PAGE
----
Re: [OAUTH-WG] Fixing the Authorization Server Mix-Up: Call for Adoption

Vladimir Dzhuvinov <vladimir@connect2id.com> Wed, 24 February 2016 12:40 UTC

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From: Vladimir Dzhuvinov <vladimir@connect2id.com>
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Subject: Re: [OAUTH-WG] Fixing the Authorization Server Mix-Up: Call for Adoption
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Comments inline.

On 24/02/16 12:27, Nat Sakimura wrote:
> 2016年2月24日(水) 8:17 John Bradley <ve7jtb@ve7jtb.com>om>:
> [..snip..]
>
>> This is not stoping the attack it is protecting code.
>>
> IMHO, this is the right approach. We should solve the problem
> architecturally rather than bandaging the hols.
>
>
>> I should point out that some of the attacks like man in the middling
>> registration can still compromise the client secret, making it possible for
>> an attacker to impersonate a client.
>
> In case of the dyn-reg, the client really should make sure the identity of
> the registration endpoint it is talking to through TLS certs checking. 

Looking at the unfolding situation, I also tend to agree with that.

Once initial AS / IdP discovery (and subsequent client reg) is
compromised, I don't see a way to reliably recover from that further
down the line:

* The bad AS/IdP can act as a reg proxy, and rewrite reg requests /
responses. Even if the client requests private_key_jwt auth, the
attacker can rewrite that to client_secret_basic. Unless private_key_jwt
is made mandatory for all dynamic regs :)

* The bad AS/IdP can also potentially proxy the redirect to / from the
honest authorisation endpoint. Augmented PKCE and returning select AS
parameters will not prevent the ultimate impersonation of the user in
that case.

* The token requests to the AS/IdP can be intercepted, as previously
discussed here and elsewhere.

> This
> is the right way of addressing the man-in-the-middle in this case.
> Manual case is hard to fix with a bearer client secret. We probably need to
> do public key crypto. Instead of giving a bearer client secret, have the
> client regiser the public key, just like we register ssh public key all the
> time with github etc. It should not be too hard at all.

+1

I've got two questions:

1. Is it fundamentally possible to solve MitM attacks, without having
reliable client authentication in place?

2. Is it possible to have reliable client authentication without crypto?
(with client_secret_basic)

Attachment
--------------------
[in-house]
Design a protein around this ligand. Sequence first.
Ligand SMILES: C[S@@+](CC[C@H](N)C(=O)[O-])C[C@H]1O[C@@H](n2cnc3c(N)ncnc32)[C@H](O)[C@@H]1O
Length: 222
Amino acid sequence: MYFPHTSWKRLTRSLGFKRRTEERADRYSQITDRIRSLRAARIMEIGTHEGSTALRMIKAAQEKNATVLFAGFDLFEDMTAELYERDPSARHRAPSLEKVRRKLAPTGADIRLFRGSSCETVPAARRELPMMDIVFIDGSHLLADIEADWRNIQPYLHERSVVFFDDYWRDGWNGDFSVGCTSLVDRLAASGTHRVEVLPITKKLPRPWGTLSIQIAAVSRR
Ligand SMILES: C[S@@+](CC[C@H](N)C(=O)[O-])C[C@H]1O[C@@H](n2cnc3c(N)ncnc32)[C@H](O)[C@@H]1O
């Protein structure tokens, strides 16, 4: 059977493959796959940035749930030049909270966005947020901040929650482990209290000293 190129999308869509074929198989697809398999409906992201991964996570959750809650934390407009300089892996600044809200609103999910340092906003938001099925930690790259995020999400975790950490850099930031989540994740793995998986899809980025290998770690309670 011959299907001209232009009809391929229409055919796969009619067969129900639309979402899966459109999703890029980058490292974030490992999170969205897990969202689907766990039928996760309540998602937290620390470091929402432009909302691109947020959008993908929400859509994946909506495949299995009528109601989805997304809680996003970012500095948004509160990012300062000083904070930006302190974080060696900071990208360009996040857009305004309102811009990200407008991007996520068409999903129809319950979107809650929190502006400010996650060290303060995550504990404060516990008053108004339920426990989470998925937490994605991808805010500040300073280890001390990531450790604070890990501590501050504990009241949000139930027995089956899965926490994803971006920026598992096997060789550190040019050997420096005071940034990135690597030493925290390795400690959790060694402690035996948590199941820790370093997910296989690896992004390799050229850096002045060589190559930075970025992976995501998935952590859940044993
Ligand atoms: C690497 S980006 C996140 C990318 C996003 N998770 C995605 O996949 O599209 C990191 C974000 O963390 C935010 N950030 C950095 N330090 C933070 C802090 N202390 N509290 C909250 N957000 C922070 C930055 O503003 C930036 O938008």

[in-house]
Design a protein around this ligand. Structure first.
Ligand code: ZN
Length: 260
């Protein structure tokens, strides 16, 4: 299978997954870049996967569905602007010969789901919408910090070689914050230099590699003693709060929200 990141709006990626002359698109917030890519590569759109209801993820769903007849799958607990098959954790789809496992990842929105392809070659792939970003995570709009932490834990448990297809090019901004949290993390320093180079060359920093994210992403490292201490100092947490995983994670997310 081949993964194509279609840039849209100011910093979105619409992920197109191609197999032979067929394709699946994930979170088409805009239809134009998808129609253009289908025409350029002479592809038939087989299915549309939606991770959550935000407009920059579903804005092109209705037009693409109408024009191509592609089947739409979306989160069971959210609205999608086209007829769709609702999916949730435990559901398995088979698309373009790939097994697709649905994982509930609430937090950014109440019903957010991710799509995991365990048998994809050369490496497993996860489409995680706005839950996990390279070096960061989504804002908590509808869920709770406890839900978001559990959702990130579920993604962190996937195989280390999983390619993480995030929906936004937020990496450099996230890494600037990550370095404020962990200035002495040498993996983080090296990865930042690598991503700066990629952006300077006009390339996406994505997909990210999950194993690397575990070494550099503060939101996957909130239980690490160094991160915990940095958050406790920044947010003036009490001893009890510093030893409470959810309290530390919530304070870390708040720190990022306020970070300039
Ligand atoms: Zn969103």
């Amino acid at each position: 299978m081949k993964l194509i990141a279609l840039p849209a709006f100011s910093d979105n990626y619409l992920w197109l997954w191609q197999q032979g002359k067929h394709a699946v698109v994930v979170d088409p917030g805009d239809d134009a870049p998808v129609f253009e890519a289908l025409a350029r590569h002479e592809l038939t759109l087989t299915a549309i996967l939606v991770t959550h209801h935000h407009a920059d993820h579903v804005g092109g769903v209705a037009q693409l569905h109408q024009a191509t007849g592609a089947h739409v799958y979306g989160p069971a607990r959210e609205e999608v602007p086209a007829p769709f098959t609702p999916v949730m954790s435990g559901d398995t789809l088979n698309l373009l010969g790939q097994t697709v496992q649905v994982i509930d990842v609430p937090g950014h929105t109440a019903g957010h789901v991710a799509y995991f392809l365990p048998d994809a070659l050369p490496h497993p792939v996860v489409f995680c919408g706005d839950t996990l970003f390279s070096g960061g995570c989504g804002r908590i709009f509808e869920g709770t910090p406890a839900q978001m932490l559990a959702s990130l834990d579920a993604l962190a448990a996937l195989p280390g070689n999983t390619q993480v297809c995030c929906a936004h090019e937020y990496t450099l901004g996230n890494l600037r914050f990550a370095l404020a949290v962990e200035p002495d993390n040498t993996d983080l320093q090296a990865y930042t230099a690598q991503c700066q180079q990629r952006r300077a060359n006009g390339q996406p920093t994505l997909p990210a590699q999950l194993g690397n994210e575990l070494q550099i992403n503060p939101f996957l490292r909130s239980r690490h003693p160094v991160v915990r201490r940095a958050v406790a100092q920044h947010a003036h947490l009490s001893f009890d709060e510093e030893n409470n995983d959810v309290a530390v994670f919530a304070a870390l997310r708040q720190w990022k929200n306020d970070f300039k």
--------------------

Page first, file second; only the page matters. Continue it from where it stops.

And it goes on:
It appears to me that the answer to both questions is negative, and we
cannot really get around crypto and expect to solve these problems :)

The extended PKCE solution that John Bradley wrote about seems to admit
just that. We start hashing parameters, which is crypto already :)


I think the solution will crystallise once we clear these fundamental
questions. And if it turns out that there is no real way around crypto,
and that is proved, that message and the required changes would be
easier to communicate to the developers.


>
>> Nat’s option B doesn’t have a solution to that ether as far as I can tell.
>>
>> I think the only option for that is to have a logical identifier for the
>> AS and some sort of discovery check at registration to be certain that you
>> are using the correct registration location.
>>
> How does it help with preventing the client credential theft through mitm
> during the registration? Client secret is already gone by the time you do
> the discovery.
>
>
>> Option A plus discovery works for that and mitigates confused client but
>> not cut and paste.
>>
>> We still have a problem with AT leaking.   I think that needs to be dealt
>> with separately.
>> Access tokens should have a audience (by value or by introspection) the
>> client needs to tell the AS what resource it want s to use the token at and
>> have that included as the audience or the request rejected because it is an
>> invalid audience.
>>
> Is not the scope the implicit combination of the resource, the endpoint
> form which you can access the resource,  and operation?
>
>
>> That should happen at the token endpoint for code.
>>
> And, that's why we can send scope there.
> The response can also include scope, which is good but my problem here is
> that scope value in the response would be a bit too vague. Either having
> the uri from which the client can get the list of the resource endpoint, or
> get them as RFC5988 header would be nicer.
>
>
>> For implicit it would need to be at the authoriation endpoint and the
>> audience would need to be echoed back to prevent tampering.
>>
> For a javascript client that is interacting with the authorization
> endpoint, getting them in the response header would be great.
> For a client that is getting the response through browser redirect, the
> audience value needs to be protected by PKCE response or something.
>
>
>> The AT can also be protected by POP so I think that code and AT should be
>> kept separate issues.
>
>> John B.
>>
>>
>>> On Feb 23, 2016, at 9:59 PM, Roland Hedberg <roland.hedberg@umu.se>
>> wrote:
>>> In line !
>>>
>>>> 22 feb 2016 kl. 05:08 skrev John Bradley <ve7jtb@ve7jtb.com>om>:
>>>>
>>>>> On Feb 22, 2016, at 9:22 AM, Nat Sakimura <n-sakimura@nri.co.jp>
>> wrote:
>>>>> The risk impact of [case2] is more OAuth specific. The token is stolen
>> as the token is going to be sent to a rogue resource, and the resource can
>> use that to obtain the resource that was supposed to be only available to
>> the proper client.
>>>>> The risk impact of [case3] is the most grave among these three. Now
>> the attacker can create his own client that impersonates the compromised
>> client.
>>>>> OAuth-mix-up
>>>>> ---------------------------